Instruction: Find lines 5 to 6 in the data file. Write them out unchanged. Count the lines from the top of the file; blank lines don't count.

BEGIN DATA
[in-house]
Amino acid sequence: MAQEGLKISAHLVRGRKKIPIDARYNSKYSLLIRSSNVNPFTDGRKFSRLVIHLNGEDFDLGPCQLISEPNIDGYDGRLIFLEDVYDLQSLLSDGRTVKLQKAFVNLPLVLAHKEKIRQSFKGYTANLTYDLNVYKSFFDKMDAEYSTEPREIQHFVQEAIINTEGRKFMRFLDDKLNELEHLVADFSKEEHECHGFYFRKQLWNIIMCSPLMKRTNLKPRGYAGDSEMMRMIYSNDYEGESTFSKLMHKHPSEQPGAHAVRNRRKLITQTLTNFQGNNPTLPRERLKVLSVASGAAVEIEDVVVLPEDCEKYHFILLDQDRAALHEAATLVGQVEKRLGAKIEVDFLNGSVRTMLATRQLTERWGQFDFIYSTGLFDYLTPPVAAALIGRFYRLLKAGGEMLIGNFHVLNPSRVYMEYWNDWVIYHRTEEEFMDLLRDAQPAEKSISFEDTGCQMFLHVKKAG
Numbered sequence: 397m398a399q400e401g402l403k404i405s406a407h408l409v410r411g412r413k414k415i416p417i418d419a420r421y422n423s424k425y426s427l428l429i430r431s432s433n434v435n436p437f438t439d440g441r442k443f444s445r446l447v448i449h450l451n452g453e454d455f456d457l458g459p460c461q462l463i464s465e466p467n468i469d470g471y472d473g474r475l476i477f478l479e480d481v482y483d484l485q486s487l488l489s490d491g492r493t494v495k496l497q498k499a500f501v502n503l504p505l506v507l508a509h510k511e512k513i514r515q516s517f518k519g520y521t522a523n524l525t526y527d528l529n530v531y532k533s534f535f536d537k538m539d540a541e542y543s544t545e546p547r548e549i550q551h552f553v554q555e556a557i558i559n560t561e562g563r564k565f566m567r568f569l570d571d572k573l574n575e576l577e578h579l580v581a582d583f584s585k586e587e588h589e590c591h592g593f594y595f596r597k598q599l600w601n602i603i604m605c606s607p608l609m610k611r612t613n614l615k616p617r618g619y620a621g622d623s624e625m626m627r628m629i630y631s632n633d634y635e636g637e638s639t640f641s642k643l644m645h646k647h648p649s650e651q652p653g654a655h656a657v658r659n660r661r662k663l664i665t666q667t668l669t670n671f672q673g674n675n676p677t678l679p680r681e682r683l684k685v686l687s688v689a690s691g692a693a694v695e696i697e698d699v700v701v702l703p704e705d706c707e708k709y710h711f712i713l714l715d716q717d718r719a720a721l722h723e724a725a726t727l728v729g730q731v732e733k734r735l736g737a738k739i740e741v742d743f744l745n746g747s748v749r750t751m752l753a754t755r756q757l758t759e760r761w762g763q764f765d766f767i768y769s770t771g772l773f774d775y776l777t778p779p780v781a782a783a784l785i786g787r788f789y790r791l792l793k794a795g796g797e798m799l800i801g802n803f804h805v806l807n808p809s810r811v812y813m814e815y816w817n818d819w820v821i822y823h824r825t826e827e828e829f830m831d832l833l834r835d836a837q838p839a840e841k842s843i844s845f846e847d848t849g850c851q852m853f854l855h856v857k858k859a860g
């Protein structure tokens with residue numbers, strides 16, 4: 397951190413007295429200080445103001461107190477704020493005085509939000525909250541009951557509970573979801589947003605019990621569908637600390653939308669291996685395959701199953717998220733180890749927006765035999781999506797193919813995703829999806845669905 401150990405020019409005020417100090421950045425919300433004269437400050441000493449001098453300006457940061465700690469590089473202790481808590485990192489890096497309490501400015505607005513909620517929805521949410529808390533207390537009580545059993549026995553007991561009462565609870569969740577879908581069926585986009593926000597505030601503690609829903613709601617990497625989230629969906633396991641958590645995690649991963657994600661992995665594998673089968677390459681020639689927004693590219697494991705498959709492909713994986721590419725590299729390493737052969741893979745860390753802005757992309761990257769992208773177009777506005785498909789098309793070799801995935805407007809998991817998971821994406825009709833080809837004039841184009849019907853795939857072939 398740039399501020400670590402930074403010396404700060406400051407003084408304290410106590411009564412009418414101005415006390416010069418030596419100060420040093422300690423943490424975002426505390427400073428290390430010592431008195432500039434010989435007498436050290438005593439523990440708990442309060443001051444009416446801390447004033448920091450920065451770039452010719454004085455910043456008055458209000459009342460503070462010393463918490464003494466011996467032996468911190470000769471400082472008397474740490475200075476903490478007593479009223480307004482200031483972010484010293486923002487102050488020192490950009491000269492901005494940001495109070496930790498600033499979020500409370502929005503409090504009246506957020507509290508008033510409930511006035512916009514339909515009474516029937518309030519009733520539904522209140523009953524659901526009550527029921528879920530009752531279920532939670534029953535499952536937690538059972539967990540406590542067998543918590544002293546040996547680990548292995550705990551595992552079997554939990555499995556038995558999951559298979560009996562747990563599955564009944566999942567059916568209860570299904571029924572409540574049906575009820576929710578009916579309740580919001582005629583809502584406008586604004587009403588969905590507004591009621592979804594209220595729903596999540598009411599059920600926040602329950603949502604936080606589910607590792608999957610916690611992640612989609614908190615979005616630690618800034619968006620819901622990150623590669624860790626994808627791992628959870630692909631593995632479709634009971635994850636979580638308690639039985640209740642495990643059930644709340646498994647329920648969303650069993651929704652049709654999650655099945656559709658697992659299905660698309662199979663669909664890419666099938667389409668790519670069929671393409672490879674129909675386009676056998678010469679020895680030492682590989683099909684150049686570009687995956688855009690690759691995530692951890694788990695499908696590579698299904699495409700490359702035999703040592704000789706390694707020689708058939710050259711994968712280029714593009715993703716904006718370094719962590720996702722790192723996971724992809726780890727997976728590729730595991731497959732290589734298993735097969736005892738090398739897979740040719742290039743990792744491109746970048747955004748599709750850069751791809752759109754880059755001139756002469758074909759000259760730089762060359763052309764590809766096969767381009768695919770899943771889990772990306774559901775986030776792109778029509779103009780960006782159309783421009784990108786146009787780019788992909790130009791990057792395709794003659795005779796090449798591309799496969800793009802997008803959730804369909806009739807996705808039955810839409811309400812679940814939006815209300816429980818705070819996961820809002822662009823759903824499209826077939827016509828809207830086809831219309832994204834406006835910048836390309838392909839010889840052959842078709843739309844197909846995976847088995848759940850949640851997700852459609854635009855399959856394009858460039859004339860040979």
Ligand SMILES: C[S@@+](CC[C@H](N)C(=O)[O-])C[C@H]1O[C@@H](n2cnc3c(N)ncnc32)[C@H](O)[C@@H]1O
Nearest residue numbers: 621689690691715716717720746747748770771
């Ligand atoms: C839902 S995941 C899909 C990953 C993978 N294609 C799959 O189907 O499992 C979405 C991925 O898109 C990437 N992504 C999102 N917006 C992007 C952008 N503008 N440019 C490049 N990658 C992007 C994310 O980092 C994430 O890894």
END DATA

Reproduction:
Ligand SMILES: C[S@@+](CC[C@H](N)C(=O)[O-])C[C@H]1O[C@@H](n2cnc3c(N)ncnc32)[C@H](O)[C@@H]1O
Nearest residue numbers: 621689690691715716717720746747748770771